Stonebridge by Linda Griffin

Stonebridge by Linda Griffin
Publisher: The Wild Rose Press
Genre: Mystery/Suspense/Thriller, Romance, Paranormal, Historical
Rating: 4 Stars
Reviewed by Astilbe

After the death of her mother, Rynna Dalton comes to live with her imperious great-grandmother and her bookish, disabled cousin Ted at Stonebridge Manor. Almost immediately she is aware of a mysterious presence, which she believes is the spirit of her mother’s murdered cousin, Rosalind. Rynna is charmed by Rosalind’s lawyer son Jason Wyatt, who courts her, and she agrees to marry him. Meanwhile, Ted and Rynna become good friends.

But Stonebridge holds secrets that will profoundly affect her future. Why is Ted so opposed to the match? Why does Rosalind seem to warn Rynna against it? And how far will Jason go to possess Stonebridge—and the woman he professes to love?

Family is forever.

Ms. Griffin had a smooth writing style that makes reading her stories a delight. She seemed to know exactly when vivid details were required and when it was better to allow the audience to imagine certain moments for themselves. That is not an easy thing to balance, but it’s one of the reasons why I try to request as many of the books she submits to Long and Short Reviews as I possibly can. Whatever else may happen with the plot, I know that I’m always going to want to read just one more page of the polished stories she writes.

I would have liked to see more character development, especially when it came to Rynna. She had a habit of making rash decisions and not listening to the people around her who had serious concerns about her life choices. While this flaw definitely made her interesting to read about, I also wondered why she behaved that way and why she was so stubborn at the worst possible moments. If only that had been better explained, but this is a minor criticism of a tale I otherwise found enjoyable.

It was amusing to see how the author mixed the romance, mystery, and paranormal genres together. The plot weaved its way among all three of them. While more attention was paid to the first two, the third one popped up in some creative ways as well that other readers should discover for themselves so that I don’t spoil anything for them. There is definitely something to be said for blending so many different types of storytelling together, especially when they all bring out important aspects of the plot that might have otherwise not had a chance to shine.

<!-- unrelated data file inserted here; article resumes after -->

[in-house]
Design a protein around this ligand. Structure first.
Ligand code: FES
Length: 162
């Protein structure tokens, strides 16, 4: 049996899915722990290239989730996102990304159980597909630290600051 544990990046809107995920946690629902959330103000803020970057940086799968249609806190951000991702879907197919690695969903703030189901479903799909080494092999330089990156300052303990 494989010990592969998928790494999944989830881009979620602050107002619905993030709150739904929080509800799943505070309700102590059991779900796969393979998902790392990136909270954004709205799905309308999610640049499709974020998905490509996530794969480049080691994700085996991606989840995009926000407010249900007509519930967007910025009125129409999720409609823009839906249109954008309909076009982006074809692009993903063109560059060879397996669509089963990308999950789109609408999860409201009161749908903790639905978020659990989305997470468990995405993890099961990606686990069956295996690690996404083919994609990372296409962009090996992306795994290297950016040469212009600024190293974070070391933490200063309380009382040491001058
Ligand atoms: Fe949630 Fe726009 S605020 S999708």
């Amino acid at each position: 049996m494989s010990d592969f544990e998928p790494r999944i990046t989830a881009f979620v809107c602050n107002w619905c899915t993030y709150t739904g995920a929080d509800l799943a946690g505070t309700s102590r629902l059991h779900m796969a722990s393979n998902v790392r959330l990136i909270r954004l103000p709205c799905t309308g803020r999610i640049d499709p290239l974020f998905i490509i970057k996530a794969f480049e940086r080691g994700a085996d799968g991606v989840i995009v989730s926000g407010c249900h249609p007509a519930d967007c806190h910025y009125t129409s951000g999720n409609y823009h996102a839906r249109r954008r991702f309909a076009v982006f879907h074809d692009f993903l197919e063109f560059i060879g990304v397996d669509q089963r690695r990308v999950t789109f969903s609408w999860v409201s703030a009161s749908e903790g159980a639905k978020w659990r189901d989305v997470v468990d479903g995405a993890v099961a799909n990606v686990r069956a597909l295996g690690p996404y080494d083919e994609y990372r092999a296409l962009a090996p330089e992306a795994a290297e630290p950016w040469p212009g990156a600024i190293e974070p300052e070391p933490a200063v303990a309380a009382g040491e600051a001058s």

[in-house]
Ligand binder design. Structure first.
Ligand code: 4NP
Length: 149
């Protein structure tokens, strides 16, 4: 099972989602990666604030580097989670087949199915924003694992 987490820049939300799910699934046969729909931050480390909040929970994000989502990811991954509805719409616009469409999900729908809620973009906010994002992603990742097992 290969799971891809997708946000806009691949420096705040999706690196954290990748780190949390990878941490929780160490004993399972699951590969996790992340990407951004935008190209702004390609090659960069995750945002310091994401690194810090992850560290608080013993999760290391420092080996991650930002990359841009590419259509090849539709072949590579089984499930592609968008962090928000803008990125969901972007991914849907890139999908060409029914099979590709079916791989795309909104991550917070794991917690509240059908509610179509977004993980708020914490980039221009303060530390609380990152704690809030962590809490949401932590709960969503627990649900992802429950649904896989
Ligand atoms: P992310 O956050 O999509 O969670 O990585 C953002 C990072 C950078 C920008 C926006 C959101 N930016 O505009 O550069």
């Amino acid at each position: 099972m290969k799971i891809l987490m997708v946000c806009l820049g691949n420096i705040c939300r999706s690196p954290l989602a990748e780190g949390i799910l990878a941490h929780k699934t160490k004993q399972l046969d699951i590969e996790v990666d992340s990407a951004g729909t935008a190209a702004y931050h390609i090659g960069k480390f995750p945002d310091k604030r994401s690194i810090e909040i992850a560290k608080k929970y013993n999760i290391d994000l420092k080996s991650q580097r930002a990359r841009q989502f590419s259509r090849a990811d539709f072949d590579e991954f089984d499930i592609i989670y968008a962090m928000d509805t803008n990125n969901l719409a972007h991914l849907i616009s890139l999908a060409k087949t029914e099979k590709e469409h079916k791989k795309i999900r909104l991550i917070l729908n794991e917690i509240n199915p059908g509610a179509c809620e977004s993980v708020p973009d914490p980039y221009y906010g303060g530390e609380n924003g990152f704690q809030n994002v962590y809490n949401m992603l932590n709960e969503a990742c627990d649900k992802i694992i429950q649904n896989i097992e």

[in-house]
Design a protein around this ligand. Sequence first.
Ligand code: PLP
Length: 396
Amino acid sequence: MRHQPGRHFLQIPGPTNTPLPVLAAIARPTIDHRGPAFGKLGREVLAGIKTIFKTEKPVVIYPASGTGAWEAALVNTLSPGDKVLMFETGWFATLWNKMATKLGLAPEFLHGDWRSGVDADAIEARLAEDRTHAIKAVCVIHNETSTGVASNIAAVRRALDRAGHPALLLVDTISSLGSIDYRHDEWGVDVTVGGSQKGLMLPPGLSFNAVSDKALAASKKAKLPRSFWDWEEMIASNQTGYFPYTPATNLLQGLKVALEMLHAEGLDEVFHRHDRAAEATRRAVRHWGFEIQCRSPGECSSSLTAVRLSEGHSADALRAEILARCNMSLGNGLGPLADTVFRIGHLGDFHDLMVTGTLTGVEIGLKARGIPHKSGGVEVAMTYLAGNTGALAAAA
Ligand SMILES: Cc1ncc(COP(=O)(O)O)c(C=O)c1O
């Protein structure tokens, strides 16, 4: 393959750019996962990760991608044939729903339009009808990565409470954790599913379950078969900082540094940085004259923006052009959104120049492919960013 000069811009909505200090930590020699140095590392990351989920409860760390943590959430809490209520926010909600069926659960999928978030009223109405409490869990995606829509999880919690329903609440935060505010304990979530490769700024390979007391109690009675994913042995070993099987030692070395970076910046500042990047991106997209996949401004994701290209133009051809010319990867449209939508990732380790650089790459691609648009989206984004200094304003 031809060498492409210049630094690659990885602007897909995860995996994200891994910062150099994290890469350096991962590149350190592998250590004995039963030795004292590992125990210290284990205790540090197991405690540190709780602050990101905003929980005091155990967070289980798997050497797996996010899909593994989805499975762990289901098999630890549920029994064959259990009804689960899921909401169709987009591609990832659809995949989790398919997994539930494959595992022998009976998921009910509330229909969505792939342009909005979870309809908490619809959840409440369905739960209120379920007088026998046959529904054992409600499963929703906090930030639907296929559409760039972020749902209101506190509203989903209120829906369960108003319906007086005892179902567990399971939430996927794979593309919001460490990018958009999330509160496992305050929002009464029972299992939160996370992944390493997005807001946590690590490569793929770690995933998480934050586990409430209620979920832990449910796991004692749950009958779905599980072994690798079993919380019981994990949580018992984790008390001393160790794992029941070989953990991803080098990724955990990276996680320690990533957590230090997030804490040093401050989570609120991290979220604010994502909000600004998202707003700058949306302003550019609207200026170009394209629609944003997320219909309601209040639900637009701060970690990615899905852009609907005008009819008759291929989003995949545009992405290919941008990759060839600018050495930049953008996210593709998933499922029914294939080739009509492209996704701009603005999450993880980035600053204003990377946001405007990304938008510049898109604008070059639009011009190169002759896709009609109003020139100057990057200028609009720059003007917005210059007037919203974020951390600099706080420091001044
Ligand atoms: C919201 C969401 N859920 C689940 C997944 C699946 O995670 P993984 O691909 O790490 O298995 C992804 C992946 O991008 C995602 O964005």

Stonebridge was a memorable and exciting read.

A Christmas Wish for Love by Mariah Lynne

A Christmas Wish for Love by Mariah Lynne
Publisher: World Castle Publishing
Genre: Romance, Holiday, Paranormal, Contemporary
Rating: 3 Stars
Reviewed by Astilbe

Have you ever had a holiday cookie that came with a set of instructions? You’re about to.

In this sweet, heart-warming holiday romance, a precocious twelve-year-old named Luci, short for Lucia, never met her mom because she died giving birth. Her dad, a Florida Gulf Coast Island veterinarian, loved his late wife so much that he does not date or look at any other woman even though women are attracted to him. He still wears his wedding ring and, every Saturday night, shares a box of her mom’s memories, hoping to keep her alive in Luci’s heart.

Luci’s elderly Swedish next-door neighbor Meta loves Luci like an adopted granddaughter. When Luci’s dad gets called in for an emergency on her birthday which happens to be Saint Lucia’s Day, Luci and her dog Chester visit Meta.

Meta gives Luci a surprise birthday gift as she leaves to take home and open later with her dad. Then the holiday magic begins.

A CHRISTMAS WISH FOR LOVE is an enchanting and inspiring story you will want to share with others!

Anything is possible during Christmas time.

This was a unique spin on the romance genre. I don’t think I’ve ever read a romance novel written from the perspective of a child whose father is falling in love before. Kids don’t always understand these things the same way adults do, so I smiled when Luci explained what was happening and occasionally gave creative reasons for why the grownups in her life were behaving the way that they did.

There were some inconsistent details in this story that I found confusing. For example, Luci was described as a twelve-year-old girl in some scenes and a thirteen-year-old girl in others. Her character was written in a way that either one could have easily been true, but I did wish that the narrator had been clearer about her age. Her mother’s name was also spelled in two different ways later on in the plot. Another round of editing would have fixed these things and made it possible for me to choose a higher rating.

I loved the strong, caring community that these characters lived in. Being a single parent isn’t easy, especially after such tragic circumstances that surrounded Luci’s birth, but Kyle was lucky enough to have plenty of friends and neighbors around who could help him give his child everything she needed other than a mother figure. Some of the most memorable scenes were the ones that showed how everyone stepped up to give this little family extra love and attention. They brought a tear to my eye because of how sweet they were.

A Christmas Wish for Love was a gentle holiday romance.

The Skull by Jon Klassen

The Skull by Jon Klassen
Publisher: Candlewick